Westworld built a reputation on being mysterious. This made the first season irresistible, the second incomprehensible, and the forthcoming third season… well, you might have some questions — including “Is it still confusing?” “Who is a robot again?” and “Wait, is that Marshawn Lynch?” These are excellent questions. Some of the answers are good; some of them less so.

In its third season premiere, the show does very little to catch new viewers up to speed, so here are the broad strokes: Westworld, the show’s eponymous park, is one of several theme parks where astonishingly lifelike robots populate re-creations of various historical periods. For a very large price, the wealthy can come and roleplay the fantasy of their choice for a spell, tourists for whom morality is completely optional and hedonism is encouraged — because, after all, the robots (called “hosts” here) aren’t real people.

Season 1 was about complicating that, as the hosts of Westworld developed consciousness and became aware of the atrocities their creators forced them to live through over and over again. Season 2 was about revolution, as the hosts began to fight back and tear down the park around them. Throughout both, there are running threads tied to the elite who run and attend the park. This mostly related to an internal power struggle within Delos (the corporation that owns Westworld and its sister parks) and teasing that the actual purpose of Westworld is not entertainment but data: a perfect psychological profile of all the elite guests who visit it, built using their unfettered behavior in the parks.

Unfortunately, this summary (and any summary, really) leaves out a lot by necessity because Westworld is perhaps the most over-plotted show on television, obsessed with nonlinear storytelling, symbology, constant references to literature and philosophy, and regular plot twists or status quo shifts. It would be nice if the third season was a clean break that let viewers ignore it completely because catching up is exhausting. To a certain extent, you can! But as things begin to unfold, you’re probably going to need to open a wiki.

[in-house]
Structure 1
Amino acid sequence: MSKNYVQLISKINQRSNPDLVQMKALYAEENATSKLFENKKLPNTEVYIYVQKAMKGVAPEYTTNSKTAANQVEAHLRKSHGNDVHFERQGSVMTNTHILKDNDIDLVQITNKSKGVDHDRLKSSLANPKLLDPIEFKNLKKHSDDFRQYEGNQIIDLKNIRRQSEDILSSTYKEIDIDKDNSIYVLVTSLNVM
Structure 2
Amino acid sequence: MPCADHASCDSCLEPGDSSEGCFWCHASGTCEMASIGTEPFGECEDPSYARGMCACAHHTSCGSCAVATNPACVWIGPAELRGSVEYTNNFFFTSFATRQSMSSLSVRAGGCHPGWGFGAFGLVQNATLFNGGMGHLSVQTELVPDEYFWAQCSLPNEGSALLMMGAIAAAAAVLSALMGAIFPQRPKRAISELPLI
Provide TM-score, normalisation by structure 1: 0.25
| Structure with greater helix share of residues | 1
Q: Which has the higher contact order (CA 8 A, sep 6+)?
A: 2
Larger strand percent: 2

The show’s third season begins with Dolores (Evan Rachel Wood), the Westworld host who began the robot revolution, out in the real world and eager to enact revenge on her creators. From the four episodes provided to critics in advance, this seems to be the glue holding the season together: what does Dolores’ revenge look like? Which other hosts are out in the real world now? Who are her targets and why? It’s easy enough stuff, and it’s compelling to watch, too. While the show is named after a theme park that made for a fun setting, Westworld slowly began to flesh out what the real world looked like and exploring that world is the best part of these early episodes.

A big reason for this is that our guide to this world isn’t Dolores but Caleb (Aaron Paul), a disillusioned construction worker and veteran. He’s forced to pick up gig work via an app best described as “Taskrabbit but for crimes” in order to pay for his mother’s hospital bills. Through Caleb, we see this gilded cyberpunk world through working-class eyes, and few eyes are as good at charismatically conveying constant internal suffering than Paul’s.

Things get more unwieldy as the show sprawls outward from there, catching the viewers up on who survived the massacre at the conclusion of last season and what their status is. The show does this at a languid, perplexing pace, sometimes grabbing your attention with an alarming twist, and in others, it falls back on its cryptic ways. There is, however, a glimmer of hope: by the end of the fourth episode, these seemingly disparate threads come together. The show seems to have a sense of purpose it has not had since its pilot.

Early in its run, Westworld invited a lot of comparisons to video games. It made sense on multiple levels: the show was about a park that adhered to a game-like narrative design, and it cared about detailing the push and pull between the desires of players, designers, and the emergent behavior of the system itself. Pull the lens back more, the way Westworld season 3 does, and the metaphor continues to work astonishingly well. The games built by the characters of Westworld are, like many of the biggest video games, power fantasies. Crucially, they’re power fantasies that map onto the inequality of the world: where labor is not valued, laborers are barely treated as human, and the innovations of science and technology disproportionately benefit the wealthy.

But as Dolores notes at one point, these are all the products of systems, and systems are more fragile than the people who made them think. It’s a turn that has taken on a strange prescience given the rapidly changing state of the world due to a pandemic, shocks to said systems have a way of exposing just how much inequity is wholly unnecessary, perpetuated simply because there are profits to be made in sustaining it. To refer back to Westworld’s favorite paraphrasing of Shakespeare: violent delights have violent ends.

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